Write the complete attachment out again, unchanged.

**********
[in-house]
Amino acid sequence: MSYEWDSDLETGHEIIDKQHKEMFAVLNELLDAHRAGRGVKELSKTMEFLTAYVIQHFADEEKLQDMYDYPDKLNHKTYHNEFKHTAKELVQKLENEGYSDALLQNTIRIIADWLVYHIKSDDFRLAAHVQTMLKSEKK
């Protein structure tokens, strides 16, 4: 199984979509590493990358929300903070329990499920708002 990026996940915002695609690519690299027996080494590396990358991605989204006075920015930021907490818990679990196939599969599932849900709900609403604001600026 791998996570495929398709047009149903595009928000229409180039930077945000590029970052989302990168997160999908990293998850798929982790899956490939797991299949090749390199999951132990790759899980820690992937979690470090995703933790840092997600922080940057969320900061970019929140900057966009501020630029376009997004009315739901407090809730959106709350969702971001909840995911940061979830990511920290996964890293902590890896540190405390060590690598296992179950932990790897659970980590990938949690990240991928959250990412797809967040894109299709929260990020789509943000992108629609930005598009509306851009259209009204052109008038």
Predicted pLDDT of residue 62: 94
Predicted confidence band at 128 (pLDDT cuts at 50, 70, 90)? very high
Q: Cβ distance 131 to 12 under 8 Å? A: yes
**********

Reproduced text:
[in-house]
Amino acid sequence: MSYEWDSDLETGHEIIDKQHKEMFAVLNELLDAHRAGRGVKELSKTMEFLTAYVIQHFADEEKLQDMYDYPDKLNHKTYHNEFKHTAKELVQKLENEGYSDALLQNTIRIIADWLVYHIKSDDFRLAAHVQTMLKSEKK
């Protein structure tokens, strides 16, 4: 199984979509590493990358929300903070329990499920708002 990026996940915002695609690519690299027996080494590396990358991605989204006075920015930021907490818990679990196939599969599932849900709900609403604001600026 791998996570495929398709047009149903595009928000229409180039930077945000590029970052989302990168997160999908990293998850798929982790899956490939797991299949090749390199999951132990790759899980820690992937979690470090995703933790840092997600922080940057969320900061970019929140900057966009501020630029376009997004009315739901407090809730959106709350969702971001909840995911940061979830990511920290996964890293902590890896540190405390060590690598296992179950932990790897659970980590990938949690990240991928959250990412797809967040894109299709929260990020789509943000992108629609930005598009509306851009259209009204052109008038």
Predicted pLDDT of residue 62: 94
Predicted confidence band at 128 (pLDDT cuts at 50, 70, 90)? very high
Q: Cβ distance 131 to 12 under 8 Å? A: yes